The volcanic island of Pantelleria is an untouched gem of rough beauty in the middle of the Mediterranean. Located south of the most western part of Sicily and closer to Africa than to Europe, it is a place where life still flows in harmony with nature, far away from the stress of hectic day-to-day life and surrounded by spectacular natural beauties.
The largest of all Sicilian islands it was the first stepping stone for the Arab invasion of Sicily in the eighth century AD and its name derives from the Arabic “Bint-al Rion” – Daughter of the Wind.
Always featuring a gentle breeze that keeps the temperature comfortable, Pantelleria is an island rich of natural beauty. It boasts a fascinating rocky coastline, with 300-metre cliffs, inlets, caves and grottos, surrounded by crystalline sea accessible for example at Balata dei Turchi, Martingana, L’arco dell’Elefante and Cala Levante. The island’s rocky coasts and shallow waters are ideal for diving. As one of the most unspoiled marine areas in the Mediterranean basin, the sea here is home to lush seagrass meadows and coral reefs that support many kinds of sea fan and rare black coral.
But Pantelleria is not just a seaside destination for the summer but instead offers a variety of attractions that can be enjoyed throughout the year from May to October. In fact, the island is an agricultural island boasting vineyards and stunning natural parks, ideal for hiking and horseback riding.
Montagna Grande, a national park area and the island’s highest peak, offers wonderful views not only of Pantelleria and the sea, but also, on a clear day, of the North African coast. On the north-eastern foothills of the mountain is a beautiful volcanic lake fed by thermal springs, the so-called “Lo Specchio di Venere” (Venus’ Looking Glass). Its name comes from the legend that Venus stopped here to admire herself and to compare her beauty to that of Psyche, her rival in love. While being a centre for water sports and thermal baths, it is also a haven for a great many types of birds that take a break here during their marathon migratory journeys.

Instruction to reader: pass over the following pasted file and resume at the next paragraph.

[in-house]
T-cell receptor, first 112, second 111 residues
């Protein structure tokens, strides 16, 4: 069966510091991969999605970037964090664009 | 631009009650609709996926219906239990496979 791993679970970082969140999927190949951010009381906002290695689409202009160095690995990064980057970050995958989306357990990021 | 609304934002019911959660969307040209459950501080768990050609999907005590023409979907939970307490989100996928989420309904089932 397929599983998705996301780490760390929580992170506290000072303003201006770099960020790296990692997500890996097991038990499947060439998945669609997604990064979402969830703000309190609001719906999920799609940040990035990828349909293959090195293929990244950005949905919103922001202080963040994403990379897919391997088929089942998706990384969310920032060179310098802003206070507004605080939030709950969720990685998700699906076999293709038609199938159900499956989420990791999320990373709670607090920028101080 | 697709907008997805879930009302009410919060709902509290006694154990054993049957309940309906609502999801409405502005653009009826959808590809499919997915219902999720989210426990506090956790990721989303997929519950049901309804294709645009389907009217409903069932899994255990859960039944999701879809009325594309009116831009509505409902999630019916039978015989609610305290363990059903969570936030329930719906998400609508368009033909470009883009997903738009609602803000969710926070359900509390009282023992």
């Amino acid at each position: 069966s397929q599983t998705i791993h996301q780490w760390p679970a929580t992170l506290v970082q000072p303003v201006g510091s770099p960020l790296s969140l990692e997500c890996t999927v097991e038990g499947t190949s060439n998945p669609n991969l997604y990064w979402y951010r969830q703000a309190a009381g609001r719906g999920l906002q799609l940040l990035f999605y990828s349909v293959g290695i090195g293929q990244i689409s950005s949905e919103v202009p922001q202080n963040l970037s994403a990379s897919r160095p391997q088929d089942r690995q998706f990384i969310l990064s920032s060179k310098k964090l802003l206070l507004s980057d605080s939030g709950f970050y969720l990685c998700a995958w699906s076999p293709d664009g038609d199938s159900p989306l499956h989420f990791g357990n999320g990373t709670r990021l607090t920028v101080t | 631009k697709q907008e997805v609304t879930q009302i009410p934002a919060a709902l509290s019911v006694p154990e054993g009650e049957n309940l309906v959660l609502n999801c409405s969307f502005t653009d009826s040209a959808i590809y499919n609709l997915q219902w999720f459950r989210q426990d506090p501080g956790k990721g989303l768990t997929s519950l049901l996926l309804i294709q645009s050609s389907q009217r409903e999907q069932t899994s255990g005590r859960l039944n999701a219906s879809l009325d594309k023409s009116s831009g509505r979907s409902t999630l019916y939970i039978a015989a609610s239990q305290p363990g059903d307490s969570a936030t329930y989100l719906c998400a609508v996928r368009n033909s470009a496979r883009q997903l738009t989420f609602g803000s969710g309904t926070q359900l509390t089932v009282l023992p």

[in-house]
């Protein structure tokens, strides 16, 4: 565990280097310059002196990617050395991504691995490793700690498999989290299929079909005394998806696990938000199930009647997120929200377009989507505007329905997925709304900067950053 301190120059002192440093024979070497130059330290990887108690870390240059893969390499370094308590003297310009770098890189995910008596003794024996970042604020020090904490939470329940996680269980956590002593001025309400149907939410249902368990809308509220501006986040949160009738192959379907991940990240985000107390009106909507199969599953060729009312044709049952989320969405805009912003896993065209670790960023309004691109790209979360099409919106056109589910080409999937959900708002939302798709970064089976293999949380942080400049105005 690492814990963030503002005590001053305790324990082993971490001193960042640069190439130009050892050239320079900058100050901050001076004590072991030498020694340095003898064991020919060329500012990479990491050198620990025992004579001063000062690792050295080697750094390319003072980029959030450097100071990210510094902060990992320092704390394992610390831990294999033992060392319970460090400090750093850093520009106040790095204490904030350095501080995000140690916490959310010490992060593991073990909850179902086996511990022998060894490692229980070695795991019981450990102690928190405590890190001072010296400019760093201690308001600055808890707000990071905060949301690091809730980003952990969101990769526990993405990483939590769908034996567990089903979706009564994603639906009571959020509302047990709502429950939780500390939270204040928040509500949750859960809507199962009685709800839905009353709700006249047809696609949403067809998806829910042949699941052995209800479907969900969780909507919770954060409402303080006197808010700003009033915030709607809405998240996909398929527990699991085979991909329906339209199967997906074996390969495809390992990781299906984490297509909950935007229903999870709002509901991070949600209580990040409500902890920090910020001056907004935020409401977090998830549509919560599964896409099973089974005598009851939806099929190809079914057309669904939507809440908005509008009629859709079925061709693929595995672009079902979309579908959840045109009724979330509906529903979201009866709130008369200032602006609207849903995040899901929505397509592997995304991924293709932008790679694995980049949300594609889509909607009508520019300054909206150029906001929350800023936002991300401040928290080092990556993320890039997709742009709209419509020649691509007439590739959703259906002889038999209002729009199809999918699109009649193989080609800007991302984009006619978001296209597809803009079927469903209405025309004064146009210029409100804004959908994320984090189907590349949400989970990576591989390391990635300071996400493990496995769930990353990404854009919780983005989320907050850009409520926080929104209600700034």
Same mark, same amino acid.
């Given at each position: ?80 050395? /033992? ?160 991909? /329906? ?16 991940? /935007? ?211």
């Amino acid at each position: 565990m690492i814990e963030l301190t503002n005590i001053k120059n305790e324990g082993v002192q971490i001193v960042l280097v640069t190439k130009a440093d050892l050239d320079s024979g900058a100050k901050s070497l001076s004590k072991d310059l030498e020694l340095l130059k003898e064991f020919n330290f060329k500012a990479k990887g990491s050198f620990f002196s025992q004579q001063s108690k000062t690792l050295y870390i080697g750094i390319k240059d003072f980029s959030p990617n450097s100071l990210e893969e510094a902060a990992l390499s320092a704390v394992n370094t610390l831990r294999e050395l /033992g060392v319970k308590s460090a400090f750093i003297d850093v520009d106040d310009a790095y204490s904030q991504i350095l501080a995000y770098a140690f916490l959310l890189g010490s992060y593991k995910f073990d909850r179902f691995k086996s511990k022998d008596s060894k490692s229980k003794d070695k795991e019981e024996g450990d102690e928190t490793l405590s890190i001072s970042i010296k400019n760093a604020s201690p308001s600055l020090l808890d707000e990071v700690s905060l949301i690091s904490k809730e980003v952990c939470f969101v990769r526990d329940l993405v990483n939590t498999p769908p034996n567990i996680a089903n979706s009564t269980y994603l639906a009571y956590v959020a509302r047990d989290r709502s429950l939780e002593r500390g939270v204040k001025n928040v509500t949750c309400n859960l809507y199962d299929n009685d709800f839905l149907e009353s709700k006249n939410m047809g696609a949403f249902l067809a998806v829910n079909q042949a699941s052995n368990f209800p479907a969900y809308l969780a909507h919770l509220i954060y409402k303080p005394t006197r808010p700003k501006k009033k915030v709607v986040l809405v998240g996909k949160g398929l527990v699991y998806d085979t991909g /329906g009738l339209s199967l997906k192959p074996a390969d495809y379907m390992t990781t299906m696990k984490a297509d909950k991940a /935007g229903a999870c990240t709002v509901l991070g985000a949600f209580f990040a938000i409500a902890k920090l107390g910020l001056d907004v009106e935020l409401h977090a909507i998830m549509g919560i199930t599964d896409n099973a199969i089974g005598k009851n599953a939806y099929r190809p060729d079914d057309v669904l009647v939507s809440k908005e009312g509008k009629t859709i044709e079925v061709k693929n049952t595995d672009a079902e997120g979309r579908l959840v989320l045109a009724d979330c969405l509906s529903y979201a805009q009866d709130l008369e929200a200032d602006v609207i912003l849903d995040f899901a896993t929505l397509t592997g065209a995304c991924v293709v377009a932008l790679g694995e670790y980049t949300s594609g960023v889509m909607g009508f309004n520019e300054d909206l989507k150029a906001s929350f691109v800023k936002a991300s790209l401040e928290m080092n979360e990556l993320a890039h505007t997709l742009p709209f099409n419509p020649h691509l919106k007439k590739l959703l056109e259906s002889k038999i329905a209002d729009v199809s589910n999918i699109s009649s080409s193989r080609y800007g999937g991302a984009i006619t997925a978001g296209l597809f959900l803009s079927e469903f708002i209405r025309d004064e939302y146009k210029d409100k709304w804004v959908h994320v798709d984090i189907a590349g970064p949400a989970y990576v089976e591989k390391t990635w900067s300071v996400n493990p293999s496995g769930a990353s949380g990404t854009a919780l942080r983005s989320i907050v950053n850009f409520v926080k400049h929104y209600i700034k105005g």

The interior of the island is characterised by lava stone walls, several volcanic peaks and the traditional local habitations, so-called “Dammusi”. These houses, built in local lava stone, have domed roofs which, thanks to their form, also function as a means of collecting rain water. The thick walls keep the interior cool in summer and provide insulation during the winter. Typically, around the main living quarters were stables, a courtyard and a wood-burning oven. Being just one storey, and thanks to their colour, the Dammusi blend into the surrounding countryside, virtually without altering the general lay of the land.
Pantelleria’s cuisine can be tested in one of the excellent restaurants on the island, offering fresh high-quality produce and local specialities such as ricotta and mint ravioli, pesto pantesco (olive oil, tomatoes, garlic, basil and peppers), capers (one of the major agricultural products of the island), fish couscous, and Sciakisciuka, a spicy Med stew with courgettes. All this should to be followed with a glass of Passito di Pantelleria, the excellent dessert wine unique to island.